An Introduction to Cairo with Python

Cairo is a library for drawing vector graphics. Vector graphics are interesting because they don’t lose clarity when resized or transformed.

Pycairo is a set of bindings for cairo. It provides the cairo module which can be used to call cairo commands from Python.

Understanding How to use Cairo

The best way to understand how to use cairo is to imagine that you are an artist using a paintbrush to draw out a shape on canvas.

To begin, you can choose a few characteristics of your brush. You can choose the thickness of your brush and the colour you want to paint with. You can also choose the shape of your brush tip - You can choose either a circle or a square.

Once you have chosen your brush, you are ready to start painting. You have to be quite precise when describing what you want to appear.

Firstly, decide where you want to place your brush on the canvas. You do this by supplying an x & y coordinate. Next you define how you want your brush stroke to look - an arc, a straight line etc. Finally you define the point where you want your stoke to end, again by supplying an x & y coordinate. Triangles and squares are very easy to do!

More complex graphics are generated using variations of the above theme with a few additions such as Fills (colouring in), transformations (zooming in, moving) etc. Using the Python interface to cairo

Nearly all the work revolves around using the cairo.Context (or cairo_t in the cairo C API). This is the object that you send your drawing commands to. There are a few options available to initialize this object in different ways.

Initializing the cairo.Context Object

  • One Very Important thing to realize is there is a difference between the coordinates you are describing your graphics on and the coordinates you will be displaying your graphic on.

    (Ex - When giving a presentation you draw on your transparent acetate before hand, and then display it on your overhead projector - cairo calls the transparent acetate the user space coordinates and the projected image the device space coordinates)

    On initializing the cairo context object, we tell it how to transform our description to how it should be displayed. To do this we supply a transformation matrix. Modifying the transformation matrix can lead to some very interesting results.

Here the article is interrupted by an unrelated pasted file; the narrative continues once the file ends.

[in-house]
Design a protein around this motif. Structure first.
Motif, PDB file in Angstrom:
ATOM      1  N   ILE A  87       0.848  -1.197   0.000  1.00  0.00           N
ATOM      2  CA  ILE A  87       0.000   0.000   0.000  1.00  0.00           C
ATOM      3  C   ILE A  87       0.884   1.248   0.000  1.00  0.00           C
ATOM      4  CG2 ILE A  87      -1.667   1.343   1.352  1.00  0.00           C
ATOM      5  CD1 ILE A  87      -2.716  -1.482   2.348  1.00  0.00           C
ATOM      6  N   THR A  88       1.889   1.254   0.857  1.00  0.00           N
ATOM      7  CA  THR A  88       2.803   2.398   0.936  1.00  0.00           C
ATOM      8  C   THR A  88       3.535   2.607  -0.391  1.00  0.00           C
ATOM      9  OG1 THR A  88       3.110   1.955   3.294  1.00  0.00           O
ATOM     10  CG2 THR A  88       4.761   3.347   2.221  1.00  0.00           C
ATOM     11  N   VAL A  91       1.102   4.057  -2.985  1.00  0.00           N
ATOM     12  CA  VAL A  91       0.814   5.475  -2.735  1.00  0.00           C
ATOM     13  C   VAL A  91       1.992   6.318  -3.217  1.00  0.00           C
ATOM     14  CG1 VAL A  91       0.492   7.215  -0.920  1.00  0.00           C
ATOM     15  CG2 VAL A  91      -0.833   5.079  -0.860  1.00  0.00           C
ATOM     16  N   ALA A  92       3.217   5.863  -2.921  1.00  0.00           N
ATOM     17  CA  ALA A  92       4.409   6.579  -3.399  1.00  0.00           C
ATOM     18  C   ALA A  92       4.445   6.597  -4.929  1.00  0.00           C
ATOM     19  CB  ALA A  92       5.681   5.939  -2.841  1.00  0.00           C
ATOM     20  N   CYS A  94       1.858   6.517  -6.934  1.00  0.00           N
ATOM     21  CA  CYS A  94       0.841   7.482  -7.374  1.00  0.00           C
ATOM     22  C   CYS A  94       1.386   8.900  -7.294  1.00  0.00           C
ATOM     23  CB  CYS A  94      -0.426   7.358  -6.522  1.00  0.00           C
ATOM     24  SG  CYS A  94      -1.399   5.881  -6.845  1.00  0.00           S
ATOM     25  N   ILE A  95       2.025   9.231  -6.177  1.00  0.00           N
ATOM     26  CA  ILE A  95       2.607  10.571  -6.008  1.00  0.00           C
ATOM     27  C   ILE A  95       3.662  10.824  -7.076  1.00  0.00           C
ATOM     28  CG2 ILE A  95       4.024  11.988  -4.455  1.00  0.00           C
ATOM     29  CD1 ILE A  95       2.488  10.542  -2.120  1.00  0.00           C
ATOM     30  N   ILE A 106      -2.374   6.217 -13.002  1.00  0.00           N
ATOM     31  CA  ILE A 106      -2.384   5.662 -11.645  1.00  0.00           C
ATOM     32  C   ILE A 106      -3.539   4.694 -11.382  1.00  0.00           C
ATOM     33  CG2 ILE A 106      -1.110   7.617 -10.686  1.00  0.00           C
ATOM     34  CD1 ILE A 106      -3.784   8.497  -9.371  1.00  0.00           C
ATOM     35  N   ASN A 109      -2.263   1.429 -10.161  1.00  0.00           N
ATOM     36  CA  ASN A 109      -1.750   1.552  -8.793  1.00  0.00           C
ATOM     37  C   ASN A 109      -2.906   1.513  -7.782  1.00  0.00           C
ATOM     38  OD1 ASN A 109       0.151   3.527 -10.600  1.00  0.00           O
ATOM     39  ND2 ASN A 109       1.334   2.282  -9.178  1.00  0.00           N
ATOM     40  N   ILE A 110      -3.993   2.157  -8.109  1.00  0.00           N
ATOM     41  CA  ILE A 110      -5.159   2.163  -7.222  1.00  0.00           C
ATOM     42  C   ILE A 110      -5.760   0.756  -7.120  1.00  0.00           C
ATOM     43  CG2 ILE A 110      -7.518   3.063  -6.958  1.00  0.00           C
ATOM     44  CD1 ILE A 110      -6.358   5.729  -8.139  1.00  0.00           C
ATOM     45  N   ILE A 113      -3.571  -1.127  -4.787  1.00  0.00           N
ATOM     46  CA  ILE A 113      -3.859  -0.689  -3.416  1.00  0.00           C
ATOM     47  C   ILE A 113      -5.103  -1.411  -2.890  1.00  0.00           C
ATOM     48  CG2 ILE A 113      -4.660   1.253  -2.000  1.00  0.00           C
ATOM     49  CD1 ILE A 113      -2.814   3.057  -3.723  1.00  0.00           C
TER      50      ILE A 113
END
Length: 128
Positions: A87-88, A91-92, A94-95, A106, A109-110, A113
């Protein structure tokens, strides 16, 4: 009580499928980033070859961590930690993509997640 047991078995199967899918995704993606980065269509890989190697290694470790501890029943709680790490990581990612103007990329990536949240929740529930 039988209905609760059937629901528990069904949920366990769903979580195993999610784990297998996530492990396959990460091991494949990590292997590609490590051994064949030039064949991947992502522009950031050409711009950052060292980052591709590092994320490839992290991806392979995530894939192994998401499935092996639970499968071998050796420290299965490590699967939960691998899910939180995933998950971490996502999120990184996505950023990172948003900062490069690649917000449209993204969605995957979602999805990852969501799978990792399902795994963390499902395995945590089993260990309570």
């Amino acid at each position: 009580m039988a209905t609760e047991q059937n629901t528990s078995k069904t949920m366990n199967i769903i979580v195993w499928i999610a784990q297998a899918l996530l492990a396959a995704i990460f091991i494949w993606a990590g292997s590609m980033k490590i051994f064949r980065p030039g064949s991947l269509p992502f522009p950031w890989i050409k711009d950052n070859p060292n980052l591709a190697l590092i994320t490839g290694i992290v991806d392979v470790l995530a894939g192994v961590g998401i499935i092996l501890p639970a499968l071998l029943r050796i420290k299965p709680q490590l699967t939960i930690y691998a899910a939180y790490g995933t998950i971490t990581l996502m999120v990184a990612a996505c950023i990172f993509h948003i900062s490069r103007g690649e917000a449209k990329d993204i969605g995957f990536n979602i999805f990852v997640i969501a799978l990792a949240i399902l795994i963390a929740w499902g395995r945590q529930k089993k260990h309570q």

• One of cairo’s most powerful features is that it can output graphics in many different formats (it can use multiple back ends). For printing, we can have cairo translate our graphics into Postscript to be sent off to the printer. For on screen display, we can have cairo translate our graphics into something glitz can understand for hardware accelerated rendering! It has many more important and useful target back ends. On initializing the cairo.Context, we set its target back end, supplying a few details (such as colour depth and size), as in the example below.


#!/usr/bin/env python

import math
import cairo

WIDTH, HEIGHT = 256, 256

surface = cairo.ImageSurface (cairo.FORMAT_ARGB32, WIDTH, HEIGHT)
ctx = cairo.Context (surface)

ctx.scale (WIDTH, HEIGHT) # Normalizing the canvas

pat = cairo.LinearGradient (0.0, 0.0, 0.0, 1.0)
pat.add_color_stop_rgba (1, 0.7, 0, 0, 0.5) # First stop, 50% opacity
pat.add_color_stop_rgba (0, 0.9, 0.7, 0.2, 1) # Last stop, 100% opacity

ctx.rectangle (0, 0, 1, 1) # Rectangle(x0, y0, x1, y1)
ctx.set_source (pat)
ctx.fill ()

ctx.translate (0.1, 0.1) # Changing the current transformation matrix

ctx.move_to (0, 0)
# Arc(cx, cy, radius, start_angle, stop_angle)
ctx.arc (0.2, 0.1, 0.1, -math.pi/2, 0)
ctx.line_to (0.5, 0.1) # Line to (x,y)
# Curve(x1, y1, x2, y2, x3, y3)
ctx.curve_to (0.5, 0.2, 0.5, 0.4, 0.2, 0.8)
ctx.close_path ()

ctx.set_source_rgb (0.3, 0.2, 0.5) # Solid color
ctx.set_line_width (0.02)
ctx.stroke ()

surface.write_to_png ("example.png") # Output to PNG